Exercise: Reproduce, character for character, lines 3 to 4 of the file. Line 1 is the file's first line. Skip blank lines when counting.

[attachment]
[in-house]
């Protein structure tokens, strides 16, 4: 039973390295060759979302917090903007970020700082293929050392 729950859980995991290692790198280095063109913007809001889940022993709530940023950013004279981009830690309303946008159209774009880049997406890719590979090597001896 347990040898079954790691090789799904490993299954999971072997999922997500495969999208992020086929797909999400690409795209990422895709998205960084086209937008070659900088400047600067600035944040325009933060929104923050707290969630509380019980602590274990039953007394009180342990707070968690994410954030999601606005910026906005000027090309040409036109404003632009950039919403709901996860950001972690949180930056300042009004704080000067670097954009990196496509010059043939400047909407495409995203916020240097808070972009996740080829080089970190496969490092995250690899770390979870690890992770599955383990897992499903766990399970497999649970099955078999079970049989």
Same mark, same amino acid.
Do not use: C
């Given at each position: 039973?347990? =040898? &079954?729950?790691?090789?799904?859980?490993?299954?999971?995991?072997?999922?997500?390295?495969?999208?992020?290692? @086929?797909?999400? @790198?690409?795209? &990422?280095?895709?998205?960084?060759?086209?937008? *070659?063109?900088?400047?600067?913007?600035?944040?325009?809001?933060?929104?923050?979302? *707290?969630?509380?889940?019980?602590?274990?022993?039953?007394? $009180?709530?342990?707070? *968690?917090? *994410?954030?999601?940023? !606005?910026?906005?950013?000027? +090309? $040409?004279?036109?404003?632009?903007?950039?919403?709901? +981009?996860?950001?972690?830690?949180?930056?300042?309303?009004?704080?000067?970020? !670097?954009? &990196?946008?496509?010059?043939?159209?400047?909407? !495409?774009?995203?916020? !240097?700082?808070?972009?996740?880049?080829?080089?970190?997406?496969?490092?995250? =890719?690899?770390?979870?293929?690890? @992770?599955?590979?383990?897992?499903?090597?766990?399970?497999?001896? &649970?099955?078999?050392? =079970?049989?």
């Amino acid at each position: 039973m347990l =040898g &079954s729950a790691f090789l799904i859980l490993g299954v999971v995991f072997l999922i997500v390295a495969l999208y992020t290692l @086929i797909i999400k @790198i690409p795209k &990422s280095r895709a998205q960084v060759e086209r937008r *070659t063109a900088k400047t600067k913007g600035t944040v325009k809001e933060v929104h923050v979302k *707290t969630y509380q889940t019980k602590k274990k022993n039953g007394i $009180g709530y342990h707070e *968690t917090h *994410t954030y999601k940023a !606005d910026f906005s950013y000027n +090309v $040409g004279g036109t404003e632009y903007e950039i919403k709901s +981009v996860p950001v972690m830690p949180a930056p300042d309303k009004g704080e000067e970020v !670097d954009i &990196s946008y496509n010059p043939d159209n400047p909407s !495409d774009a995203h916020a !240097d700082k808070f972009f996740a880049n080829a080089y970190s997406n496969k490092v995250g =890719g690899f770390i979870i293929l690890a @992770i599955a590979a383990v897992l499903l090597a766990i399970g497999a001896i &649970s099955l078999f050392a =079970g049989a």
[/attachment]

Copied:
Same mark, same amino acid.
Do not use: C